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Late Night Legislative Rush Produces Heroin, Gas Tax Bills

Josh James

The final hours of the 2015 General Assembly saw passage of several measures billed as signature pieces of legislation, including a last minute compromise to shore up the state’s ailing Road Fund, but the session did not conclude at its usual hour.

Lawmakers may have excused some snow days for schools, but as midnight approached Tuesday it was clear the General Assembly would be making up for some of their own, adding back a 29th day.

The eventual gavel drop in the early morning hours signaled the end of a session marked by unexpected delays, showdowns on issues ranging from needle exchange programs to transgender bathroom use, and 11th hour jockeying over key bills – most notably heroin. In the final hours, legislators converged on compromise language stiffening some penalties for serious traffickers, allowing for opt-in needle exchange programs, and a Good Samaritan clause.

"We came together. I think the stakes were too high," said Rep. John Tilley, who led the charge in the House. "We had some different philosophies, but we came together in a very bipartisan way and passed what I think is one of the most comprehensive pieces we've had in some time."

Standing just outside the Senate chambers was Charlotte Wethington. The 2004 Kentucky involuntary drug treatment bill known as “Casey’s Law” is named for her daughter, who died at 23 of a heroin overdose.

"This is in honor and memory of all the people that we've lost and it's hope for all the people who are in crisis now," she said, her voice quivering.

Advocates for domestic violence protections for unmarried couples also breathed a sigh of relief as their bill cleared the Senate with little floor debate. The passage of both bills effectively eliminates the specter of a special session, which Governor Beshear had not ruled out in prior interviews.

Credit LRC Public Information
Sen. Ernie Harris had led the fight to stabilize the gas tax in the Senate

Gas Tax Revived

The comeback story of the night, however, belongs to House Bill 299, a gas tax freeze which appeared on life support earlier in the day.

Ignoring ads from conservative group Americans for Prosperity labeling the move a giveaway to special interests, House and Senate legislators revived the measure in the wee hours Tuesday by setting a new floor at 26 cents a gallon. The tax, which funds road construction and maintenance in the state, has suffered thanks to record low gas prices.

With the rate set to bottom out at 22.5 cents a gallon in April, transportation officials had warned that state coffers would be short $300 million dollars over the next two years.

Still the compromise hardly means full speed ahead for road projects. As Sen. Ernie Harris noted, "The state portion of the road plan was already 26 percent overprogrammed, so the fact that we've lost some money means that it's going to be probably not a six-year road plan. It's probably going to be an eight year road plan."

Earlier indications signaled a wariness by some lawmakers to attach their names to a measure being described opponents as a tax increase, but the General Assembly overcame those doubts to pass a compromise few had time to fully digest before the final vote.

Credit LRC Public Information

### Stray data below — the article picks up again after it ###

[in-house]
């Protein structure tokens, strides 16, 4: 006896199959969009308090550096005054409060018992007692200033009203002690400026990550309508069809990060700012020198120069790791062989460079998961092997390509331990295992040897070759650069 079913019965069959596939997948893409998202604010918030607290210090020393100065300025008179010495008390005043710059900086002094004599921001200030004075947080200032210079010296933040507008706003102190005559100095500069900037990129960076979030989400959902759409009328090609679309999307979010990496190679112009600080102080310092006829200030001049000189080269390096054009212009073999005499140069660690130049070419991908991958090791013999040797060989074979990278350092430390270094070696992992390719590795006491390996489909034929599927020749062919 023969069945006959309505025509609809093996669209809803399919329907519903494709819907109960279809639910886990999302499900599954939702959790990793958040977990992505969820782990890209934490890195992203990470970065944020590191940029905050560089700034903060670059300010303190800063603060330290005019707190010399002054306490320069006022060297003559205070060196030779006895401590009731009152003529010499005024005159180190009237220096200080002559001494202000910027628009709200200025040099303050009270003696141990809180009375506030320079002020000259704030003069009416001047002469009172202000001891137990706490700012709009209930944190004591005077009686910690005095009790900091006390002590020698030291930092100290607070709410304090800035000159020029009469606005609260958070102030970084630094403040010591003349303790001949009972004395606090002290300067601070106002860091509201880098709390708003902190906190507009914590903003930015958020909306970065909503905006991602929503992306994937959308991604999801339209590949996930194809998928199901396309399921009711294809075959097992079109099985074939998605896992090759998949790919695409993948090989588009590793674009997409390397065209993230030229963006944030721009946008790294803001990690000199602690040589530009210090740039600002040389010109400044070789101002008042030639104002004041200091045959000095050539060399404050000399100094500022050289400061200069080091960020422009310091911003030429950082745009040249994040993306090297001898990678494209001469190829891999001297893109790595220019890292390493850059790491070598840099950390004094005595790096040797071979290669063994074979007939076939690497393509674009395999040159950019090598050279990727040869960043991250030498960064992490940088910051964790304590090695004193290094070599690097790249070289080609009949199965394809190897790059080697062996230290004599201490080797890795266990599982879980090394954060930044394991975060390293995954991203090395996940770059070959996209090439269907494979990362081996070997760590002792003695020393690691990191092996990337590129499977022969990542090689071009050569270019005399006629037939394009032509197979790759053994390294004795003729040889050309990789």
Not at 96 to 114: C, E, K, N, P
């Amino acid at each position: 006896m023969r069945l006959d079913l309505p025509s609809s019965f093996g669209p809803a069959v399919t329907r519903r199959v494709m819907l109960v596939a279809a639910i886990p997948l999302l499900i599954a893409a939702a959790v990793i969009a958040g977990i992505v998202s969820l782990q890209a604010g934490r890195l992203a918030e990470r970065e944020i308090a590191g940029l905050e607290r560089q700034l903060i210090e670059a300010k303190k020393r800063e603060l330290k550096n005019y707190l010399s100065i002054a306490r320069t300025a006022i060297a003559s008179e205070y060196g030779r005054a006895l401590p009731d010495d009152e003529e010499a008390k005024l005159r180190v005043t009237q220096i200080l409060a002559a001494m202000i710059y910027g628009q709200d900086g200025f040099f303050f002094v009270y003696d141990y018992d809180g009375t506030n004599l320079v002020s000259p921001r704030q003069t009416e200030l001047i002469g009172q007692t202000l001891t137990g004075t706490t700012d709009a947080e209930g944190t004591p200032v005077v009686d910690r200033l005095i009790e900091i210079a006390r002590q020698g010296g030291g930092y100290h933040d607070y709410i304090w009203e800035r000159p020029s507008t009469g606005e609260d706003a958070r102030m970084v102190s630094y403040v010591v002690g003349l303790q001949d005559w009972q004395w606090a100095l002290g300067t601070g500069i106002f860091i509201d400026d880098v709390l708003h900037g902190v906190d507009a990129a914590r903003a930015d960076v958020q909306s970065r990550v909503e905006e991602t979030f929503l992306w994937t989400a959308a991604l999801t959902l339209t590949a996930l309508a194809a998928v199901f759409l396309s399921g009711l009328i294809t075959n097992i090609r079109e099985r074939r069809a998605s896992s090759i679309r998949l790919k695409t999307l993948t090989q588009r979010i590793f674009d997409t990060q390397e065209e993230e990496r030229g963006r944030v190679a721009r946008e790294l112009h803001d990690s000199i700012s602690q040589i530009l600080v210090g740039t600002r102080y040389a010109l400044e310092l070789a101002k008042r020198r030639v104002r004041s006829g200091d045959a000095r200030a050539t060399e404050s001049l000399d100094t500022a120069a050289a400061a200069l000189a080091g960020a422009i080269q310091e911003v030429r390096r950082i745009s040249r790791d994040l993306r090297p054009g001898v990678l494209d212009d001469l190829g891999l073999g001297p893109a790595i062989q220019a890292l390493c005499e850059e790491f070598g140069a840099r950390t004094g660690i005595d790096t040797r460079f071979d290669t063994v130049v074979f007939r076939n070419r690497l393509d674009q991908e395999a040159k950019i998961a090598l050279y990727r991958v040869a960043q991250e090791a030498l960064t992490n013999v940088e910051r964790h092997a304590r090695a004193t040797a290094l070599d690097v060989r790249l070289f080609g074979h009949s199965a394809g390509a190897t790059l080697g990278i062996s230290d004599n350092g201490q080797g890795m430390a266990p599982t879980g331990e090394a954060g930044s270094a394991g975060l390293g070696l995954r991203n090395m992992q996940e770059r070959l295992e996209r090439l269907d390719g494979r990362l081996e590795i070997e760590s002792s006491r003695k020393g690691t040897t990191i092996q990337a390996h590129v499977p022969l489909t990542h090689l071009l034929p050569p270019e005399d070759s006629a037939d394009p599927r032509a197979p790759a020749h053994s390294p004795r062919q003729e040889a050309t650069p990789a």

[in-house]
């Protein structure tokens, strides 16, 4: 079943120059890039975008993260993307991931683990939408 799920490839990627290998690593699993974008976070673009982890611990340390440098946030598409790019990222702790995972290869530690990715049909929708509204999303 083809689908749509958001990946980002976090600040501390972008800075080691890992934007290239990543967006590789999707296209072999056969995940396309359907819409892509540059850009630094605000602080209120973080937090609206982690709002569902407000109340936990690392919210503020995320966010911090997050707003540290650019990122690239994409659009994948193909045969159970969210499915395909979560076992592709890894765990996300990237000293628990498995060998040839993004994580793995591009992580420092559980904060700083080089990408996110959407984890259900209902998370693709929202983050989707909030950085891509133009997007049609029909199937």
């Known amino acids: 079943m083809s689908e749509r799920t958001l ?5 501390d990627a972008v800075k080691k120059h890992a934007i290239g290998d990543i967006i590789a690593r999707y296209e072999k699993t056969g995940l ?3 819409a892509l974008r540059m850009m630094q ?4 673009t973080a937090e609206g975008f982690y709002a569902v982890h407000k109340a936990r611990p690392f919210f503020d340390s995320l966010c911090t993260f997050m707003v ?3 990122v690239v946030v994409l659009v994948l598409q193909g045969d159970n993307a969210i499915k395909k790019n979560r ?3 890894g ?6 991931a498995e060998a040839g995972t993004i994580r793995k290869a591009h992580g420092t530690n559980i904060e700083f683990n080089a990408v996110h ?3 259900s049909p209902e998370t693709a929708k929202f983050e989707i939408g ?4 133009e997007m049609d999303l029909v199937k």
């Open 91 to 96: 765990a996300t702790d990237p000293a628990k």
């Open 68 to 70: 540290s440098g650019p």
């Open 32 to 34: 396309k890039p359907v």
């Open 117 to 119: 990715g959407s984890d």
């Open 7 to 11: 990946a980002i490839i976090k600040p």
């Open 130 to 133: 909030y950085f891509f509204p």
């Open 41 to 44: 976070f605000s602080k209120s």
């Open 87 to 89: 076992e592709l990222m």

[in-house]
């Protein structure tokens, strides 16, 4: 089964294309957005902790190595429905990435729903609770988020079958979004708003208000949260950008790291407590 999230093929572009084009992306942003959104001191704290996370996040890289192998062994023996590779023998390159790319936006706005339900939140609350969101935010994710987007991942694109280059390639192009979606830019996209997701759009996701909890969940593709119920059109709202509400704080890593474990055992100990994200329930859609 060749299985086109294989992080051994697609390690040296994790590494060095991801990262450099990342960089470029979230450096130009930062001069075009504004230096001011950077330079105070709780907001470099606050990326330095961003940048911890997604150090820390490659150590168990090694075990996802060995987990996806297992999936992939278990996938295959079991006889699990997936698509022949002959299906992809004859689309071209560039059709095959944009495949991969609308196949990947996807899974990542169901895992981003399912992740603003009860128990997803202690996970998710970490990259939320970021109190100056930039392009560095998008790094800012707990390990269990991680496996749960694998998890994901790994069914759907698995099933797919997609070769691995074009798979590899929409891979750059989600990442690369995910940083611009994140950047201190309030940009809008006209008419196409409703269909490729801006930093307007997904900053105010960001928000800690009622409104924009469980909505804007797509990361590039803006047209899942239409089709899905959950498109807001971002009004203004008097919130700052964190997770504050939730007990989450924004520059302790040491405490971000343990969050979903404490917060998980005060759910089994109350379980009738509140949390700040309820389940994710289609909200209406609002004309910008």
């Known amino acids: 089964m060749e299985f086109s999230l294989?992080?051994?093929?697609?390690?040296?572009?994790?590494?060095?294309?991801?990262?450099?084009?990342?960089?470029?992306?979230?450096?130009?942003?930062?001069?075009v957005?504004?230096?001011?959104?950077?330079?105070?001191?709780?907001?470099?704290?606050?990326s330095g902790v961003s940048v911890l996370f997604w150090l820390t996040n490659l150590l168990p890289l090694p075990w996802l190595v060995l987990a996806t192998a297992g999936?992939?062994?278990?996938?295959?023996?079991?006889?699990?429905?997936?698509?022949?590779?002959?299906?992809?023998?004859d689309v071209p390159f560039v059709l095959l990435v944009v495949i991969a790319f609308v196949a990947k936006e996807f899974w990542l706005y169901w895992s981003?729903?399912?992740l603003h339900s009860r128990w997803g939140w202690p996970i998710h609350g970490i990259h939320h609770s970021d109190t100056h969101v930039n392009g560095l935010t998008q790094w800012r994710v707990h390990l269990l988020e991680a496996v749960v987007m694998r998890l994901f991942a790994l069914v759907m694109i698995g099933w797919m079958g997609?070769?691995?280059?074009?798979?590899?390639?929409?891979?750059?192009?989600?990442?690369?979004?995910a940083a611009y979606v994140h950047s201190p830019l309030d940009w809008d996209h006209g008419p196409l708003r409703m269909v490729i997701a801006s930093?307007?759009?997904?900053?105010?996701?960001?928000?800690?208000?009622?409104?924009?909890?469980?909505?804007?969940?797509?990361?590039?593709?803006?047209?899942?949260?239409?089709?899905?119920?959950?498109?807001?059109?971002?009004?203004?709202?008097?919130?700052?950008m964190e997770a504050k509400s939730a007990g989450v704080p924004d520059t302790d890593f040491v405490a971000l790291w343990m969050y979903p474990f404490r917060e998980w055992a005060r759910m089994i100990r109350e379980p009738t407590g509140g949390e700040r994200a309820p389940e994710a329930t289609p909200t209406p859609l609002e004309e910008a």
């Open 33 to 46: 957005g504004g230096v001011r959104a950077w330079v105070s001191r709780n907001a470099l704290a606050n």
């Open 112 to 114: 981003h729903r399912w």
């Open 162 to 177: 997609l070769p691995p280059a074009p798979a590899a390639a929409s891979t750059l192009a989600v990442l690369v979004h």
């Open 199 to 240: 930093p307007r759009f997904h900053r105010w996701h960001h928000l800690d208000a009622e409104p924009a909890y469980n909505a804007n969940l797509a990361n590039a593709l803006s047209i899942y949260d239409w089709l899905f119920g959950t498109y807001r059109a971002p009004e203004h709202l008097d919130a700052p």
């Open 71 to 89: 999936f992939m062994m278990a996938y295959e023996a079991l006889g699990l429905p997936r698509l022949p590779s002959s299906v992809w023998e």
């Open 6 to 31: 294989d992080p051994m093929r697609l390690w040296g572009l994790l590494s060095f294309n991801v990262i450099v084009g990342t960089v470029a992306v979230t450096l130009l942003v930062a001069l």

Rep. Derrick Graham, D-Frankfort, speaks at a Capitol rally advocating student involvement in the hiring of school superintendents.

Student Measure Stalls

Students pushing for representation on superintendent search committees went home empty-handed Tuesday night. Though a controversial amendment limiting transgender students to bathrooms corresponding to their biological sex was removed, additional Senate language guaranteeing students’ right to religious expression proved too much to overcome in the Democratic-led House.

In a floor speech, Sen. Reggie Thomas argued the General Assembly’s failure send a clean bill to the governor imparts the wrong message.

"This Senate has succeeded in doing one thing," the Lexington Democrat said. "We have now shown every young person across this state how messy, how futile, and how ineffective government is."

But Republican Sen. Mike Wilson maintained the exercise was a valuable one for the high schoolers.

"These students I've met with on several occasions and I think they have learned a lot about the process and it is a process that is somewhat messy... because that's the way our forefathers designed the process, that it would be hard to pass a bill," Wilson countered.

A protest organized by the students and their supporters drew hundreds to the foot of the Capitol Monday.

Other Bills

In addition to high profile measures, the General Assembly sent a number of smaller bills to Governor Beshear’s desk late Tuesday.

Both chambers agreed to a new framework for the board that oversees the Cincinnati/Northern Kentucky International Airport. The move comes in response to a scathing report from State Auditor Adam Edelen, which uncovered inappropriate spending on the panel. The changes outlining a new 13-member board do not include any spots for Ohio representatives, as Edelen had recommended, but Kenton County could seek their input on two of the seats.

Lawmakers also approved Alicia’s Law, setting up a dedicated funding stream for the Kentucky State Police Internet Crimes Against Children division. Meanwhile, House Bill 150 blocks unsuccessful candidates in primary elections from running in regular elections as write-ins, while House Bill 60 will require individuals convicted of drunk driving to install ignition interlock devices on their cars.

Josh James fell in love with college radio at Western Kentucky University's student station, New Rock 92 (now Revolution 91.7). After working as a DJ and program director, he knew he wanted to come home to Lexington and try his hand in public radio.
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